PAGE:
Is Birth Weight a Good Predictor of Child Mortality in Developing Countries? Results from Recent National Surveys in Sub-Saharan Africa
Adébiyi Germain Boco, Université de Montréal
Less attention has been paid to the relationship between low birth weight (LBW) and the risk of dying before age 5. We exploit recent national survey data to explore whether LBW is associated with increased risk of child mortality in Africa. Specifically, we apply a multivariate piecewise constant hazard model with gamma-shared frailty to the latest Demographic and Health Survey data for Benin, Cameroon, Congo, Gabon, Lesotho, Namibia, Swaziland, and Zimbabwe. In all countries, life table estimates of the risk of dying before age 5 indicate that LBW is associated with a higher probability of dying not only in infancy but also during childhood. After controlling for potential confounding factors, LBW is a very strong predictor of mortality risk during the first five years of life. We find also strong evidence of the impact of LBW status on the risk of dying before age 5 based on exposure time.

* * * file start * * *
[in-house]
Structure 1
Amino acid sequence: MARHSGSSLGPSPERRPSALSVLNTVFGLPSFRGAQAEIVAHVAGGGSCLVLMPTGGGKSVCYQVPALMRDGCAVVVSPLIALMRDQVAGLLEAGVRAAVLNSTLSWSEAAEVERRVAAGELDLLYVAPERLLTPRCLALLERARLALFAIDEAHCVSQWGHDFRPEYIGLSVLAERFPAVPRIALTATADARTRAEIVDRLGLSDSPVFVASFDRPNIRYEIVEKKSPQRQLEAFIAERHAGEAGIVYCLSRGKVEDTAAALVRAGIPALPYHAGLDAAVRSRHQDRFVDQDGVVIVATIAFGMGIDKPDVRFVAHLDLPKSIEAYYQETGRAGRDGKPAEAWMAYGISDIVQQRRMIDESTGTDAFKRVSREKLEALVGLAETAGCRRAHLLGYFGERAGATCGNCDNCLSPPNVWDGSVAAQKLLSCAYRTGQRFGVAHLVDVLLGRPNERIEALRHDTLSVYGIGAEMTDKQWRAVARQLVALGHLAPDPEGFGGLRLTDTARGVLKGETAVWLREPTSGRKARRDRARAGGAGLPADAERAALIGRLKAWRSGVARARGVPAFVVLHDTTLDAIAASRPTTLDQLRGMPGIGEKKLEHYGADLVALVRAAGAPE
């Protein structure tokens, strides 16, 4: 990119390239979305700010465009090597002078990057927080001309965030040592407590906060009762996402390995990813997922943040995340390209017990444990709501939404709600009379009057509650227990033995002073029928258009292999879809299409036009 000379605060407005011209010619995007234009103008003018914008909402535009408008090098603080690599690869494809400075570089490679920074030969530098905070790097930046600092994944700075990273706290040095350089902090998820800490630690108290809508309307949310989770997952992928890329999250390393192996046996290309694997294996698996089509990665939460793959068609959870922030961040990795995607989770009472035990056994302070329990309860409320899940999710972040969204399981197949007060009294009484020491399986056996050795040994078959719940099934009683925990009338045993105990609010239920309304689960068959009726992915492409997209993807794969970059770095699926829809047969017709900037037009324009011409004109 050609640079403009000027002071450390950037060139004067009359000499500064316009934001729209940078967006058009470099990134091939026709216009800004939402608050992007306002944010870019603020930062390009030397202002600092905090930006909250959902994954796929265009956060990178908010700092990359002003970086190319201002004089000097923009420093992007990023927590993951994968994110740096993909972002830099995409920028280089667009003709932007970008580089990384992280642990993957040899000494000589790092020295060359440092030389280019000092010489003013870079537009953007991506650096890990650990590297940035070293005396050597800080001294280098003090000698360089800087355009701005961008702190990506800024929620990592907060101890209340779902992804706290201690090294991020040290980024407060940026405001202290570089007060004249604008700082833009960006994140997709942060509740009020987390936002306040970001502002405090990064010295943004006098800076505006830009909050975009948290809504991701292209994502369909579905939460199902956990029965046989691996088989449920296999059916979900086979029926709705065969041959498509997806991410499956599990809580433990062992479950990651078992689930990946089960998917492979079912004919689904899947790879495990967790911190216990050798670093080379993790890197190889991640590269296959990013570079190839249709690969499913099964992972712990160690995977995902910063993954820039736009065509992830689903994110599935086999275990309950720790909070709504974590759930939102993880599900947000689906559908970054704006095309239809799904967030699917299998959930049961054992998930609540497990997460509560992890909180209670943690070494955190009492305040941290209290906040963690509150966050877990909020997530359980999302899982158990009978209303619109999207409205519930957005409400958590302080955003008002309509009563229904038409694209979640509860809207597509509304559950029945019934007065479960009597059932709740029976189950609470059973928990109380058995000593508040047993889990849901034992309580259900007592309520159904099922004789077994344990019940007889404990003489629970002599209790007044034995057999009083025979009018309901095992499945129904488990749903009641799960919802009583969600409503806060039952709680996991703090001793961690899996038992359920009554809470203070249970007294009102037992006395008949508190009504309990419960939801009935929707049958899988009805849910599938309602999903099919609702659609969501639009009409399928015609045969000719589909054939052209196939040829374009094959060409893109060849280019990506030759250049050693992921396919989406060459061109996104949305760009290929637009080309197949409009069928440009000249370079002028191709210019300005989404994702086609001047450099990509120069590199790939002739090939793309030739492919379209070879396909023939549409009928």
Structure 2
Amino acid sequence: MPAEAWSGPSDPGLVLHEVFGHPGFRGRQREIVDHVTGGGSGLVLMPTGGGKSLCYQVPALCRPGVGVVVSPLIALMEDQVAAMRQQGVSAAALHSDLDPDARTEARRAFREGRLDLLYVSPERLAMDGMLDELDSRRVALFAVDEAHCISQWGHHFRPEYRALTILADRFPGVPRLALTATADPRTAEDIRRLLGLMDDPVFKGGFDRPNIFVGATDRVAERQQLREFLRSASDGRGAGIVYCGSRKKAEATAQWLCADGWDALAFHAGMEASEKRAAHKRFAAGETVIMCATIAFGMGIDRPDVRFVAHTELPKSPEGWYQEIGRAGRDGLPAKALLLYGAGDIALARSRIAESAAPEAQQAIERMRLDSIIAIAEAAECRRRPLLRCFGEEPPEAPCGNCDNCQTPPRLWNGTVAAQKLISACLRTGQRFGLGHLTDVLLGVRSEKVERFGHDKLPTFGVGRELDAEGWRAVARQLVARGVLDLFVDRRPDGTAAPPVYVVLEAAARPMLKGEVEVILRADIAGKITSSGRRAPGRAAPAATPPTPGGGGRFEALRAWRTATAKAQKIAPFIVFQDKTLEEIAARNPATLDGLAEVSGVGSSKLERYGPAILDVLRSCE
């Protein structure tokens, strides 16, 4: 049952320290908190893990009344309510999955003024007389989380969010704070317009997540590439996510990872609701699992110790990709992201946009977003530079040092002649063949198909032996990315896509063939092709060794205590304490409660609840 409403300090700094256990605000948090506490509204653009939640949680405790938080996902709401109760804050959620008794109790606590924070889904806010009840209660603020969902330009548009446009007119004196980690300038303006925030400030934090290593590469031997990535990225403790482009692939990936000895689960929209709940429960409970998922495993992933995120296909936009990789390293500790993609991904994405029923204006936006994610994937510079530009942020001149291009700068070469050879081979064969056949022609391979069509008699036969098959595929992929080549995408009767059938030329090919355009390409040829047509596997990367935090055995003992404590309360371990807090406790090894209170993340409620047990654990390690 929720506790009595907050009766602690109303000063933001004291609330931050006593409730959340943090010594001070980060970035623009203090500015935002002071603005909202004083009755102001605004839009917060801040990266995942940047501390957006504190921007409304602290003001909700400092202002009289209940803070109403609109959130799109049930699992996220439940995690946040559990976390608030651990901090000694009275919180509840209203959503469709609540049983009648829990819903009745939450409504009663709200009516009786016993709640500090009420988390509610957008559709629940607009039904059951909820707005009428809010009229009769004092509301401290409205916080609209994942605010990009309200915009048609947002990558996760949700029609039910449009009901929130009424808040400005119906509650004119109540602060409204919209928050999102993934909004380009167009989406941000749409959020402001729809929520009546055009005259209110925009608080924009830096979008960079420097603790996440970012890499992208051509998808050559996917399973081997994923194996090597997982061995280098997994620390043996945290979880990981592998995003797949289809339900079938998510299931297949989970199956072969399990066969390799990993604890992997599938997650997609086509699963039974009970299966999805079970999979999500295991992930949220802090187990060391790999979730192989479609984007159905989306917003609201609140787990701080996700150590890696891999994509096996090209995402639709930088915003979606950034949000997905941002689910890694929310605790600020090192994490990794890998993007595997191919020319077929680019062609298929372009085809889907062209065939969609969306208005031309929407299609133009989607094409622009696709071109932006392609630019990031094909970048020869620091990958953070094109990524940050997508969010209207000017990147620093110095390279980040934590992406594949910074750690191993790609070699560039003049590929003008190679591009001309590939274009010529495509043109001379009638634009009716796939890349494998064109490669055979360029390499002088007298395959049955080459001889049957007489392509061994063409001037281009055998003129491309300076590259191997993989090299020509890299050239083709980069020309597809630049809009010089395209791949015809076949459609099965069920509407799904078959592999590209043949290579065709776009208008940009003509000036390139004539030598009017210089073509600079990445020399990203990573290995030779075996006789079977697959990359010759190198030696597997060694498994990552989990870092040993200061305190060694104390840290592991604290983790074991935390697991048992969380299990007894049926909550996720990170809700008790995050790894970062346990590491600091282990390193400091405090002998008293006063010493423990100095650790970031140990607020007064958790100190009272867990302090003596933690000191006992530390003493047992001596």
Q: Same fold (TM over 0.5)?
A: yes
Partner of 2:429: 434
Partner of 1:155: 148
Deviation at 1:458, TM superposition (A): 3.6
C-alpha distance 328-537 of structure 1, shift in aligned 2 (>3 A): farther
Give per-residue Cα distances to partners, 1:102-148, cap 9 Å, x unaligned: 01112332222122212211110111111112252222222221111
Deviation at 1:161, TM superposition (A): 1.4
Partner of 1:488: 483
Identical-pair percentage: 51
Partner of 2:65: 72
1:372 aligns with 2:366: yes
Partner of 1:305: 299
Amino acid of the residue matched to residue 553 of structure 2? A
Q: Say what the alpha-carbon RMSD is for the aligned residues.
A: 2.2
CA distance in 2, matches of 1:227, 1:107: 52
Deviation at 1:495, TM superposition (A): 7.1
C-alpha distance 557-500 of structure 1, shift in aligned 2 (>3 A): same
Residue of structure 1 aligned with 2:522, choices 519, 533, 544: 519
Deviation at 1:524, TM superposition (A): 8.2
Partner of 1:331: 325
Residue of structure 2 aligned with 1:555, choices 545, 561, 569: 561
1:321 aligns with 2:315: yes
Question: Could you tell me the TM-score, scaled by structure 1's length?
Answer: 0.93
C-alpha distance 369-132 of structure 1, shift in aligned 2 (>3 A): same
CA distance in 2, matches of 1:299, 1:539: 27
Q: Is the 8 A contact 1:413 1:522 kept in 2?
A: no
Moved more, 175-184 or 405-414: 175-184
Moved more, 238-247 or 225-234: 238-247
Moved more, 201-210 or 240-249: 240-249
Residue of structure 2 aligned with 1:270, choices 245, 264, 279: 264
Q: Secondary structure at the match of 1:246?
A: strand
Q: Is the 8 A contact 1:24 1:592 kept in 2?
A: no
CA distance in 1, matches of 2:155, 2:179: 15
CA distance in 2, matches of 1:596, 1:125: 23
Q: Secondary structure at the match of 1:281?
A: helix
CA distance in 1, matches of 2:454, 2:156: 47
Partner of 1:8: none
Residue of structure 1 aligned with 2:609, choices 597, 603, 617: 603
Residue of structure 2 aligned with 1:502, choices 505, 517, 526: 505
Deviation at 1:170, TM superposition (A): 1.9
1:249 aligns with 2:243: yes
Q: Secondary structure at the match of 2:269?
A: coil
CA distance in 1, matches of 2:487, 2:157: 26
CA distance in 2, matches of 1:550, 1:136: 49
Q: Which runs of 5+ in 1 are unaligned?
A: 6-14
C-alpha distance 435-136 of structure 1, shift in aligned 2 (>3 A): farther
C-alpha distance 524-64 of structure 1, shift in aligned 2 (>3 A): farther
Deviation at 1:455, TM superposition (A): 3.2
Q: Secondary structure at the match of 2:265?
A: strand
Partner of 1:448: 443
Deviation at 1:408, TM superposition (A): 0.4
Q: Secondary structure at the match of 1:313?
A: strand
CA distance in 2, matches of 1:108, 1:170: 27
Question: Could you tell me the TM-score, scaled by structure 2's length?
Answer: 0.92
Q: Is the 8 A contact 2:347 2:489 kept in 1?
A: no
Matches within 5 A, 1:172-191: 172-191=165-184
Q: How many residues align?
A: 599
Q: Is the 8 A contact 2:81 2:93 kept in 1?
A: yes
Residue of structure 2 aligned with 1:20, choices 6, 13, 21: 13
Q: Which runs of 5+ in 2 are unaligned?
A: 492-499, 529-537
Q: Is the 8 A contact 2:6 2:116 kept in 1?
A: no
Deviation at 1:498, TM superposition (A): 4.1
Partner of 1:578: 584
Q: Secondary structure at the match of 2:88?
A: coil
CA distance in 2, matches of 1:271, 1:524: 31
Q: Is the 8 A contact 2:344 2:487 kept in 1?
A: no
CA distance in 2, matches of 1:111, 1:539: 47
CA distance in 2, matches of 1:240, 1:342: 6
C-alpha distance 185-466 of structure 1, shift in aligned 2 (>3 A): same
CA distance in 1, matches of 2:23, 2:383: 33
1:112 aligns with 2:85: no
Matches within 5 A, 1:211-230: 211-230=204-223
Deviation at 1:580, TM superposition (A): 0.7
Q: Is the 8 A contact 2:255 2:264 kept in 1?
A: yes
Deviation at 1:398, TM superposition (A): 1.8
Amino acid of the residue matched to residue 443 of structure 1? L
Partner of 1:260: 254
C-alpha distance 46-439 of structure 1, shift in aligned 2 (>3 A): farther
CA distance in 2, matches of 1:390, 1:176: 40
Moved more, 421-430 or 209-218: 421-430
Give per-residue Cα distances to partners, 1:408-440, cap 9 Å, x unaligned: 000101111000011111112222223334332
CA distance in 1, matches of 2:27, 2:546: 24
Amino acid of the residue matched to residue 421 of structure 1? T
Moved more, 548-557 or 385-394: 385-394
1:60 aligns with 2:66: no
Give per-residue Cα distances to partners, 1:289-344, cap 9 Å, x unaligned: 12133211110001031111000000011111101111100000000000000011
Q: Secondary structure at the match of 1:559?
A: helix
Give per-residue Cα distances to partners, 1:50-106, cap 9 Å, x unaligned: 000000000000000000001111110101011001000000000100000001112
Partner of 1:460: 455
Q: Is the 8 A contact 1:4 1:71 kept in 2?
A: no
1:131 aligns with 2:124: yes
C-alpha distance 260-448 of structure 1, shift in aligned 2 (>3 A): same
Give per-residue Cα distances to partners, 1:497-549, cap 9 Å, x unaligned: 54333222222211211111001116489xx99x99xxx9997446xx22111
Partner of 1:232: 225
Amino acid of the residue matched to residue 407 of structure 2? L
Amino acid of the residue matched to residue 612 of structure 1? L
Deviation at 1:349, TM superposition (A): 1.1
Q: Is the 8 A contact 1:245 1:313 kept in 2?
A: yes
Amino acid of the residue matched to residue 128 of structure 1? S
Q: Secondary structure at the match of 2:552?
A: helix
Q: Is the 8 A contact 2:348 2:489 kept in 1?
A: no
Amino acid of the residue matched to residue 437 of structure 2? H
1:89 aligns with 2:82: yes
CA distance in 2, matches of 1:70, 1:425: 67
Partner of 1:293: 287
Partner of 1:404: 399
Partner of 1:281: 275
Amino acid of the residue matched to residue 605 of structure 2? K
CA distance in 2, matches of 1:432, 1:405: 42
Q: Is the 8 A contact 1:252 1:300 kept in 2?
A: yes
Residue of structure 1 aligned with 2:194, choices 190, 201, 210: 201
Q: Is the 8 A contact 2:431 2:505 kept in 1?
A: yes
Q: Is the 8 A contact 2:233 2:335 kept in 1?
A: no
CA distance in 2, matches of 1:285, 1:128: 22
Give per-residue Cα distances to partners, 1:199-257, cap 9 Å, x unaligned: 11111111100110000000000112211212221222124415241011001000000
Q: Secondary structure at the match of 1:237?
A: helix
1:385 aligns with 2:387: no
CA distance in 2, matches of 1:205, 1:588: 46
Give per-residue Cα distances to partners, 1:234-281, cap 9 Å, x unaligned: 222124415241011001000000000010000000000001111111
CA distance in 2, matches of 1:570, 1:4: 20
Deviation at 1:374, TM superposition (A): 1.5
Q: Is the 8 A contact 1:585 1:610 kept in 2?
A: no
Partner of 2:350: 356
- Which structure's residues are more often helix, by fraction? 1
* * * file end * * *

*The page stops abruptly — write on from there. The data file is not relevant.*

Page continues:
Presented in Session 86: Determinants of Child Survival in Africa